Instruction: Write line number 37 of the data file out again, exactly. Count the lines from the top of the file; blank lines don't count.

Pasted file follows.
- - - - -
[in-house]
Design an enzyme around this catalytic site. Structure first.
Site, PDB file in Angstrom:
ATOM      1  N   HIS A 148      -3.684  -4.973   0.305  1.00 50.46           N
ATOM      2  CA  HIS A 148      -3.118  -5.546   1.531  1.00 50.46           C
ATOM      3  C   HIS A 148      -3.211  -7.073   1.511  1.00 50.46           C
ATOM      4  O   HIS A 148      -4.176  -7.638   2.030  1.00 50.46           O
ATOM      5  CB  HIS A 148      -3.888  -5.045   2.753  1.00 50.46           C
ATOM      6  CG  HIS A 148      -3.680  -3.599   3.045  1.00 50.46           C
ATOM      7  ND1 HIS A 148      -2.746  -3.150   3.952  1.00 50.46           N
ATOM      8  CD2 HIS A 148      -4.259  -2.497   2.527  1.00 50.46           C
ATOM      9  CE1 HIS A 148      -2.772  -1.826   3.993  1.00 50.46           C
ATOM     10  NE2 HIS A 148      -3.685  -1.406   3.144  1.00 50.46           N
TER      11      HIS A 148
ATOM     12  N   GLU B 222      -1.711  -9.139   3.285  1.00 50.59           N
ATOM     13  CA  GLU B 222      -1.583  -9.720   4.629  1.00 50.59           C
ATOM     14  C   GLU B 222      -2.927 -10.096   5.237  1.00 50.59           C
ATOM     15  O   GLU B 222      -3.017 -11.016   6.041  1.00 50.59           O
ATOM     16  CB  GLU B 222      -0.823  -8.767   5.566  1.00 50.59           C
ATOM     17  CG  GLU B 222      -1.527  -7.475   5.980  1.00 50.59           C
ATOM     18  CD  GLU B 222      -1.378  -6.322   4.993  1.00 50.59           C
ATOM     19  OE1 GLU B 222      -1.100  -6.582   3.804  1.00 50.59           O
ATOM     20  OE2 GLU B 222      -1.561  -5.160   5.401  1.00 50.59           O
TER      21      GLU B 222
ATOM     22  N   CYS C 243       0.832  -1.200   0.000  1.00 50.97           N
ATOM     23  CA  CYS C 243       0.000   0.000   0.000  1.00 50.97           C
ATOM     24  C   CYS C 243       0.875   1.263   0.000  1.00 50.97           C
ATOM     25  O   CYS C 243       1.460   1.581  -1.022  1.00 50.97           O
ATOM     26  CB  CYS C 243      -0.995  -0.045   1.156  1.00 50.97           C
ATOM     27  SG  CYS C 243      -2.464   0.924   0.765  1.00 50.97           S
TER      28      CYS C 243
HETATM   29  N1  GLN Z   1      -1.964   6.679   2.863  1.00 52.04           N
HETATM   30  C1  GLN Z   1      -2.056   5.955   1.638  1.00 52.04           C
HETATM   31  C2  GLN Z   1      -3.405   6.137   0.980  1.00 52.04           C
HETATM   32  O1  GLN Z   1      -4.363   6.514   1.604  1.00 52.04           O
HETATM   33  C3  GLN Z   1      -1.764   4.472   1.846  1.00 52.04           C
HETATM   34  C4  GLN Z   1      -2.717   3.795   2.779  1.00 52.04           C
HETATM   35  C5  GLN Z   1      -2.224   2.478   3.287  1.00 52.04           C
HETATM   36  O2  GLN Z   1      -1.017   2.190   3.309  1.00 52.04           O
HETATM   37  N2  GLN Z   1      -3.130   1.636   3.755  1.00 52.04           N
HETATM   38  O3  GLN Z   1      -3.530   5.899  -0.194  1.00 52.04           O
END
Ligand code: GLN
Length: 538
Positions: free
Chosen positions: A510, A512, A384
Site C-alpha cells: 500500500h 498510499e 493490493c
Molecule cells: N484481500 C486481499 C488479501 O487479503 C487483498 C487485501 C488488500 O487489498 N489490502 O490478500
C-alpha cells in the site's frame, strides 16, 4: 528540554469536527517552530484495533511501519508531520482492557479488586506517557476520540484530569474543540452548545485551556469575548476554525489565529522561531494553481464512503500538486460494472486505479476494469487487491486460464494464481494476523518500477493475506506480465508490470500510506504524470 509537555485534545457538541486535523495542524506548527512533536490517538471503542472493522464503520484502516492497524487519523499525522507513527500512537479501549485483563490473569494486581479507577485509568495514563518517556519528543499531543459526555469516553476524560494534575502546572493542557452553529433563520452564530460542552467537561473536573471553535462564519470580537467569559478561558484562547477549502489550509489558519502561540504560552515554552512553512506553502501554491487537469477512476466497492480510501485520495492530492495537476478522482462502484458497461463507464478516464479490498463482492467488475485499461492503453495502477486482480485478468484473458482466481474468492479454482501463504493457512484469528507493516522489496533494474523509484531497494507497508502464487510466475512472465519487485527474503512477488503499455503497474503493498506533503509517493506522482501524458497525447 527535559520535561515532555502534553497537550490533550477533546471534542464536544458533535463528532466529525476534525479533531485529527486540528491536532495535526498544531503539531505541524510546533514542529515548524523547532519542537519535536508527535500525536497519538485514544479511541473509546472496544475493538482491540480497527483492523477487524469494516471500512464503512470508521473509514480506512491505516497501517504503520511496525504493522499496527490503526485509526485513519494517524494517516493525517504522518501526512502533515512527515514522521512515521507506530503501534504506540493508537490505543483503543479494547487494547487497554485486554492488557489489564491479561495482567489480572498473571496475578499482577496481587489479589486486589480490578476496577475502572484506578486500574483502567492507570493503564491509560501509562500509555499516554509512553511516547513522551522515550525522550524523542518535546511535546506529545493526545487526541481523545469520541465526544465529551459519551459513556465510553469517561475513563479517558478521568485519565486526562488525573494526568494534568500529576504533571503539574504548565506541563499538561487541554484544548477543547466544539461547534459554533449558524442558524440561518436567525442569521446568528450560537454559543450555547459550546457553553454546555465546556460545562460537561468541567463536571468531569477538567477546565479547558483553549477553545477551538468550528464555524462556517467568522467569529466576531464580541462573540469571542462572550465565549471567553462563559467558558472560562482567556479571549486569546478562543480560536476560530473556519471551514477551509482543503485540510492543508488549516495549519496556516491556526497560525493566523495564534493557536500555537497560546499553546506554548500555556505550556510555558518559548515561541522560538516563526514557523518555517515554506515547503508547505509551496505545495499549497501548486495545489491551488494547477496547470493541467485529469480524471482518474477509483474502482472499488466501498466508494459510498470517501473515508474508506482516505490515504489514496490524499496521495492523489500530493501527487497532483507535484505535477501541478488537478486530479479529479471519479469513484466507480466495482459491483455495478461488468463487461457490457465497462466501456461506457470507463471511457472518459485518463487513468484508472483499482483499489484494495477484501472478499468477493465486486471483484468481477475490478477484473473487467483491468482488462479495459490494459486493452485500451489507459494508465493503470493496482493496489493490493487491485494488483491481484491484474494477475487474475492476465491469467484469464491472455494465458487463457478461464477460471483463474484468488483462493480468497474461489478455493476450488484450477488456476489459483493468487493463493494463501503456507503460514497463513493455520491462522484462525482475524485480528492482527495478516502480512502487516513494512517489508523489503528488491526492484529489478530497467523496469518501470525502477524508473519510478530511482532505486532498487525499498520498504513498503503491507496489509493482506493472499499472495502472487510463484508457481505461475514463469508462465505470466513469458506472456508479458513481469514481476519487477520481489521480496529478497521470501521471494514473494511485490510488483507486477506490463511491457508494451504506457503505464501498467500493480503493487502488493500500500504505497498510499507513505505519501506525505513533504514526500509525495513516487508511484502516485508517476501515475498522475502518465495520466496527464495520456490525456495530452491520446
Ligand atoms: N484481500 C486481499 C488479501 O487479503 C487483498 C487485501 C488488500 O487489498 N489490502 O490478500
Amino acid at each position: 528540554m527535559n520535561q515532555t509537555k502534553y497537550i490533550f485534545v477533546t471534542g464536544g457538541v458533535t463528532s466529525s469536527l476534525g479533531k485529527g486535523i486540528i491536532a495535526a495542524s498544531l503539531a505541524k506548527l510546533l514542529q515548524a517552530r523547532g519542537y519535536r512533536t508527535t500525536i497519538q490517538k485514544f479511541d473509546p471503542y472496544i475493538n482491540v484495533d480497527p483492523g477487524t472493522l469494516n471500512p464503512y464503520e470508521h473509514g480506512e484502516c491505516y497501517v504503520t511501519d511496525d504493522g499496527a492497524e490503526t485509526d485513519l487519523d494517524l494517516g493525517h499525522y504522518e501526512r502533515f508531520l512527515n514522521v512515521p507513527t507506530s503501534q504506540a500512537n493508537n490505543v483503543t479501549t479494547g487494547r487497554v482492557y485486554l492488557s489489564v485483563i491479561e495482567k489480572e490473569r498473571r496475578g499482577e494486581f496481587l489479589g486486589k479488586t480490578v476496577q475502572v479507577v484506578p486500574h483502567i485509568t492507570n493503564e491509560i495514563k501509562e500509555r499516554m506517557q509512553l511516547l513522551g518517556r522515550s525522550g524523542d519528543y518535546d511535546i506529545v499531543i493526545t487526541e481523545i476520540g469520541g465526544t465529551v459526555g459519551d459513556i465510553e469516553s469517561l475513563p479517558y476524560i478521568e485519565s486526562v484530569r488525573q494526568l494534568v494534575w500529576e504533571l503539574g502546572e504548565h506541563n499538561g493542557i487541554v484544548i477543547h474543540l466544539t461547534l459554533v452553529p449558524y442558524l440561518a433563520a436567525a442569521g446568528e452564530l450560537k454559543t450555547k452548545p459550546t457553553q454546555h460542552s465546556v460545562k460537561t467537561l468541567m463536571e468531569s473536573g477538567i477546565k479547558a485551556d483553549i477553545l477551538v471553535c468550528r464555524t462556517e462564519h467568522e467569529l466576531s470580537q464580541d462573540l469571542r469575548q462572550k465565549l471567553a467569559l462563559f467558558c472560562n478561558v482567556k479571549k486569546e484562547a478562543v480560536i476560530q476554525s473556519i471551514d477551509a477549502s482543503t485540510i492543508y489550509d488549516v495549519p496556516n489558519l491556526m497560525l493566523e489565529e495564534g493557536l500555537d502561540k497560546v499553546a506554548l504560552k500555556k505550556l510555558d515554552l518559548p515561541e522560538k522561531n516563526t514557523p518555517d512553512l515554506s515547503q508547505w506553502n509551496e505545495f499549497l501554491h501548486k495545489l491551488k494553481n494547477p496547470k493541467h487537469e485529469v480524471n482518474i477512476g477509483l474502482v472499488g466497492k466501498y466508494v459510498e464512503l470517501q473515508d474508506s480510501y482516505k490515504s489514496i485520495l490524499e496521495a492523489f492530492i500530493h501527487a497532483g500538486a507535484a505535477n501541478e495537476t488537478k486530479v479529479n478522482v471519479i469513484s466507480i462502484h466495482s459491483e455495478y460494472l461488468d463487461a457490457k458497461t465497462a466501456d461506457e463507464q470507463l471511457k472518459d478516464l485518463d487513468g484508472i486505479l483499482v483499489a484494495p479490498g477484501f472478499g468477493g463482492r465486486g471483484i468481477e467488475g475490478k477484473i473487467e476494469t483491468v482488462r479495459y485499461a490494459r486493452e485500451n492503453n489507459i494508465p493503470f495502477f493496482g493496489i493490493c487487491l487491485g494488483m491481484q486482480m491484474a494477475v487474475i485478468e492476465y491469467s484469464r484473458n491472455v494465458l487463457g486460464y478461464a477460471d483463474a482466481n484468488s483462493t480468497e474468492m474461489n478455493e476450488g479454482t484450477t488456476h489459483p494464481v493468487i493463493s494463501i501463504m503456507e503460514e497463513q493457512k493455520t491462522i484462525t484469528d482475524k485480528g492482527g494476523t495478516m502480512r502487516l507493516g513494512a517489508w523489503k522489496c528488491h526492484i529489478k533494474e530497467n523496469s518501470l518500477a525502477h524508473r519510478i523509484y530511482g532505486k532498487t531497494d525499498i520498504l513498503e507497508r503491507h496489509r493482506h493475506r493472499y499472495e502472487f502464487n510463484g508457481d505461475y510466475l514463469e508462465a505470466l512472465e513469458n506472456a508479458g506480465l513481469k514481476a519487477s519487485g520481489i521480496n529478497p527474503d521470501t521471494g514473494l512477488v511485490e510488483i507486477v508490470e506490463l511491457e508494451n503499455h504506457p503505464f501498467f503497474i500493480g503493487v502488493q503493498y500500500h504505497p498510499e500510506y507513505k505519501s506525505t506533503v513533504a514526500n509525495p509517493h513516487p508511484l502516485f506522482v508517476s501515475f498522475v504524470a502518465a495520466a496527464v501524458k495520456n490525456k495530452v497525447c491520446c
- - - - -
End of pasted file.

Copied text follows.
HETATM   34  C4  GLN Z   1      -2.717   3.795   2.779  1.00 52.04           C